To You, Street Trees

Curbed in
concrete and asphalt,
rooted beneath impermeable
surfaces of human engineering,
yet still,
you tower,
you arch overhead,
tickling third-story windows,
holding nests
and sunlight
in your crowns.

Thank you.

Thank you street trees
for the visual rest of your complexity
in a straight-lined urbanity.

Your branches trace dark lines,
earth’s signature,
on gray winter sky,
laying fleeting shadows across my face,
greening hope with
spring’s lengthening days,
tempering summer’s hottest heat,
capturing dust and smoke and industrial crap
in the generosity of your vast foliar surface area.

Thank you for cooling, for cleaning,
for drawing down what we belch and burn.
Thank you for growing.



To the wide-branching octopus arms of
Oregon White Oak atop College Hill on Lincoln street;
and, to the Catalpa on University street,
blowing tropical trusses into the phone-sucked
faces of college kids;
and, to the tunnel of green on Jefferson,
Linden, Maple, Horsechestnut,
under you,
autopilot driving becomes a chance to breathe,
in and out;
and to the downtown heritage Big Leaf Maples,
sidewalks curve and lift to make room for your boles,
your elephantine girth;
to you, all you big, old street trees,
I bow.



to the young ones,
the Oak sapling I planted
on my lucky 43rd birthday,
inching up and out,
barely taller now than my truck
parked nearby;
and to the Golden Raintree
stick of potential on 1st,
may you be safe from lashing
impulses of the mentally unwell;
and to all the children of Friends of Trees,
lovingly staked, labeled, and mulched;
to you, all you hopeful youth,
woods of the future,
I bow.

City living,
rich in culture,
accessible in concrete,
climate in crisis,
is whole only in the presence of
good, healthy generations of trees.



Trees of the Future

Recently I heard the charmingly accented lecture of Swedish author, horticulturist, and tree researcher Henrik Sjöman. He quoted, of all people, Mike Tyson, who once said “Everybody has a plan until they get punched in the face.”

The “plan” of an individual tree is coded in its genes, inherited from the evolutionary adaptations of its ancestors. What options does the tree have to adapt to whatever the seasons throw at it? Will it drop leaves to protect itself from water loss in a drought or does it have the cellular ability to withstand less and less water delivered to its leaves from its roots?

Katsura (Cercidiphyllum japonicum), found in the wild along stream banks, never needed to evolve adaptations to drought. As a street tree, we see Katsuras drop their leaves earlier and earlier, and, during the heat dome of 2021, many died. But, other trees like Golden Raintree (Koeltreuteria paniculata) have been prepared over generations of evolution in a drier habitat to withstand long periods without rainfall.

Why does all this matter? As Henrik reminds us, when you shop for a car or a new computer, you do your research. You want to make sure the investment will last a long time, that it will function the way you want, that it won’t require too much maintenance. Taking the same approach to choosing your garden trees, especially in the extreme microclimates alongside streets, is often bypassed. You’re swayed by the beauty of Katsura’s heart shaped leaves, or the memory of your grandmother’s flowering cherry and stop there, asking no further questions.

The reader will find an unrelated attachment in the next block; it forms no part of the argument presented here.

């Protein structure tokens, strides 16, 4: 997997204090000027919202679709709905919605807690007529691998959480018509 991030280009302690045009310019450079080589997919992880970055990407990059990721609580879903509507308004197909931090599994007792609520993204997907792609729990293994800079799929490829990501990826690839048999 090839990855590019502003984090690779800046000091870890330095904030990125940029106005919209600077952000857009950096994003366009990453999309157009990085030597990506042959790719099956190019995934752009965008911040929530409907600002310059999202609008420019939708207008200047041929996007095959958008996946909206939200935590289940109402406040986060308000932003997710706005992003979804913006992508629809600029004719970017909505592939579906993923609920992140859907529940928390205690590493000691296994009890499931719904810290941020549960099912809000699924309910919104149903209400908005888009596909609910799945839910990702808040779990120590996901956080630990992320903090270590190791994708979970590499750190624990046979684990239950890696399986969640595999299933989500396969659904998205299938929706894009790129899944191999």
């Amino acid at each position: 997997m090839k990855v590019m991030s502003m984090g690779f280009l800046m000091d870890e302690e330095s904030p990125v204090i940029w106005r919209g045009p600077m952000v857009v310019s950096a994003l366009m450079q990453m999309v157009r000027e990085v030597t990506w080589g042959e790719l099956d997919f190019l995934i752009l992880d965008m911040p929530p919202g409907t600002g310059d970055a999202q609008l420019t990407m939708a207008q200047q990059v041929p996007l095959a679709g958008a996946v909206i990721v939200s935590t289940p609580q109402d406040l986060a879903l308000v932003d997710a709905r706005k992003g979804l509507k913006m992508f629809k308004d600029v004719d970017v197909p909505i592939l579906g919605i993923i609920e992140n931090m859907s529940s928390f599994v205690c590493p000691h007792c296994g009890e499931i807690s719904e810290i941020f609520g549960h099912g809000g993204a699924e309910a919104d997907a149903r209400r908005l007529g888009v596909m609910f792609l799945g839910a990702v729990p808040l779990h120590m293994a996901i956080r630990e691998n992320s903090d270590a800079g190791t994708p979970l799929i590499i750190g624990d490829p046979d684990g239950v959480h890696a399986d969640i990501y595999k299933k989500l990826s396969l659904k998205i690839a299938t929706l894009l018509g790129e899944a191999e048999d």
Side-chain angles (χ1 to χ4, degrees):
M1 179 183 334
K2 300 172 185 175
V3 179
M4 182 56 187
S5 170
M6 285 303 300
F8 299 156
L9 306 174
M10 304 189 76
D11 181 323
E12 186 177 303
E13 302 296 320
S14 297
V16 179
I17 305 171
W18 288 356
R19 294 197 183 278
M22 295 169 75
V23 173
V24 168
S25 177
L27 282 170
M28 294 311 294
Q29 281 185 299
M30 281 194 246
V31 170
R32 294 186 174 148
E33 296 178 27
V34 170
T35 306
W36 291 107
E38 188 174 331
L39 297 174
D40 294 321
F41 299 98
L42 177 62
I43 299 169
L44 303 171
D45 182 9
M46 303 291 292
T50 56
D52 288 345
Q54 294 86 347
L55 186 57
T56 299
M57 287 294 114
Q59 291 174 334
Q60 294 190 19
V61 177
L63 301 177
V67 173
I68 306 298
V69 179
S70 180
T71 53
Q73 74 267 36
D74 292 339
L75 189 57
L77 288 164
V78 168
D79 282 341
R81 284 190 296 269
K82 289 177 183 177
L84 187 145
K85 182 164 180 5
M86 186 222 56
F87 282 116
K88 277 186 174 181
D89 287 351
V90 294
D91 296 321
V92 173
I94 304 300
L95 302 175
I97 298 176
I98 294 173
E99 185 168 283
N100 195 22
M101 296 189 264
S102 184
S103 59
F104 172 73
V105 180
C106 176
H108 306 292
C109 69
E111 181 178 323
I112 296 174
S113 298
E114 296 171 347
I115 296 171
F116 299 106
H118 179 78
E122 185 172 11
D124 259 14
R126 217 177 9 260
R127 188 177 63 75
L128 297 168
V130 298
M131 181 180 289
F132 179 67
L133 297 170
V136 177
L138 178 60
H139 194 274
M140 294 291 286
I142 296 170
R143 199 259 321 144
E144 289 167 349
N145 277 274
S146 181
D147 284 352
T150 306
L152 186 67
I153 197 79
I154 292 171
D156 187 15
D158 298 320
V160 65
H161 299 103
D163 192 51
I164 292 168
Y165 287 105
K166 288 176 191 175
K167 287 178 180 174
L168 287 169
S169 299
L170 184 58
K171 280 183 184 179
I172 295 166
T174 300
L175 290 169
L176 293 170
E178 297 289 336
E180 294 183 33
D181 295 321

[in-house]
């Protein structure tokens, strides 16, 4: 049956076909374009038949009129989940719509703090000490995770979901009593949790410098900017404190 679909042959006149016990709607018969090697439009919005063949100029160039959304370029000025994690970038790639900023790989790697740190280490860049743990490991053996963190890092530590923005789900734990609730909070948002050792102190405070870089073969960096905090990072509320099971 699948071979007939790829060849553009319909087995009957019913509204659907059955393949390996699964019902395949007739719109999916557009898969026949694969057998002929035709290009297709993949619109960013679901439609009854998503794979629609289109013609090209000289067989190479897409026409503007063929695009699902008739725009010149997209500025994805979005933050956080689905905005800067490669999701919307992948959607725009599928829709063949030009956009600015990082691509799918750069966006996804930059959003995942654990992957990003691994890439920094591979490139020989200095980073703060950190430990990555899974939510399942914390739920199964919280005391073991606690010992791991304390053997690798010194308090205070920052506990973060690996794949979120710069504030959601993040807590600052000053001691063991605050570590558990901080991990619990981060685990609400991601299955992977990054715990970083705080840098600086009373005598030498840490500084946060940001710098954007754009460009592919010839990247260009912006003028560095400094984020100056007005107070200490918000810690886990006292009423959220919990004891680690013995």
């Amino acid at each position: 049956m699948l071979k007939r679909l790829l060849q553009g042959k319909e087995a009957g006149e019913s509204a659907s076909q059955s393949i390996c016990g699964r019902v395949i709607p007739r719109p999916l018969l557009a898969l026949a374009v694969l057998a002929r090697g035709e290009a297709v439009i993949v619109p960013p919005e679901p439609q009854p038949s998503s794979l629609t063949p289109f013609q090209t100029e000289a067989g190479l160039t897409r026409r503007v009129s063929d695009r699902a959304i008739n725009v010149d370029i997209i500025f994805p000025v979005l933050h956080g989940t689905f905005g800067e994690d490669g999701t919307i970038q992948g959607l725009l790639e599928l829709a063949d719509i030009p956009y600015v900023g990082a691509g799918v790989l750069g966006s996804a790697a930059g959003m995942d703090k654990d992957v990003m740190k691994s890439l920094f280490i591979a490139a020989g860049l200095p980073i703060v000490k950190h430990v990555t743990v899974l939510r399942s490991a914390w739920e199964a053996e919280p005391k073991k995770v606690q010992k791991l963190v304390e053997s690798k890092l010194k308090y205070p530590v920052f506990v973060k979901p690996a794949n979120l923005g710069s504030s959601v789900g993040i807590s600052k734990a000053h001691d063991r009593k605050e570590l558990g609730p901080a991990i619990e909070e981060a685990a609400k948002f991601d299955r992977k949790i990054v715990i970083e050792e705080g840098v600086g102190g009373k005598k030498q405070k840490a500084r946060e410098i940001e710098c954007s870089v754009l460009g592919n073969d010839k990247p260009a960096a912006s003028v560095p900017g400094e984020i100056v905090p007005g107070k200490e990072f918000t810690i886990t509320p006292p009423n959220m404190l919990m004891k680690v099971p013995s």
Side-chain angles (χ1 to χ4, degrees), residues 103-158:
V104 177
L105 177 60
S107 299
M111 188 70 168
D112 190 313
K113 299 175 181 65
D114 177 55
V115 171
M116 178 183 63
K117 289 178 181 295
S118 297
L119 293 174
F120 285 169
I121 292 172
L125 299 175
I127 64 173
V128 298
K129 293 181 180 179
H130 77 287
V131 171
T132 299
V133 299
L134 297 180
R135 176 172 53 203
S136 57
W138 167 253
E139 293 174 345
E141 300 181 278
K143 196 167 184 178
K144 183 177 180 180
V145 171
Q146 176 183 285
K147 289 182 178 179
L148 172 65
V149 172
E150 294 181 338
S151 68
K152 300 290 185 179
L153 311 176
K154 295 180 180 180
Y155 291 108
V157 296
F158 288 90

Paying attention to your lived experiences of climate extremes impresses on you the need to expand beyond gardening for aesthetics alone. Now, you seek beauty and fitness. What’s more beautiful than resilience in the long run?

If the “plan” of the tree is encoded in its genes, then the “punches” come in the form of drought, heat, flooding, ice storms, and fire. You don’t know exactly what punches are coming, but patterns of extremes on both ends are evident—hotter, drier summers, and wetter, colder winters. What trees can we find in our nurseries that evolved in places on earth that match these extremes?

The tricky part is in parsing out the mixed information from authors and online resources. All horticultural experience is local. Anecdotal information about any one tree varies from source to source.

Thankfully, the science of plant explorers has shifted from seeking the novel for collector’s gardens, to the novel for extreme climate adaptations. Even among a single tree species, those sourced from different parts of their native range show measurable variability in their encoded adaptability.

This is good science. The more you ask for it, the more you’ll start to see the information. Do your research. Support the nursery people who are propagating a new generation of trees.

Here’s to the young trees
planted thoughtfully
planted well
deeply watered.

May their roots grow deep,
may their lives be longer even than
those whose hands packed earth around them,
may they temper the extremes
for our grandchildren’s grandchildren.

May they grow
to shelter wonder,
shelter birds, insects,
shade ground, cool heads
clean air, calm hearts.



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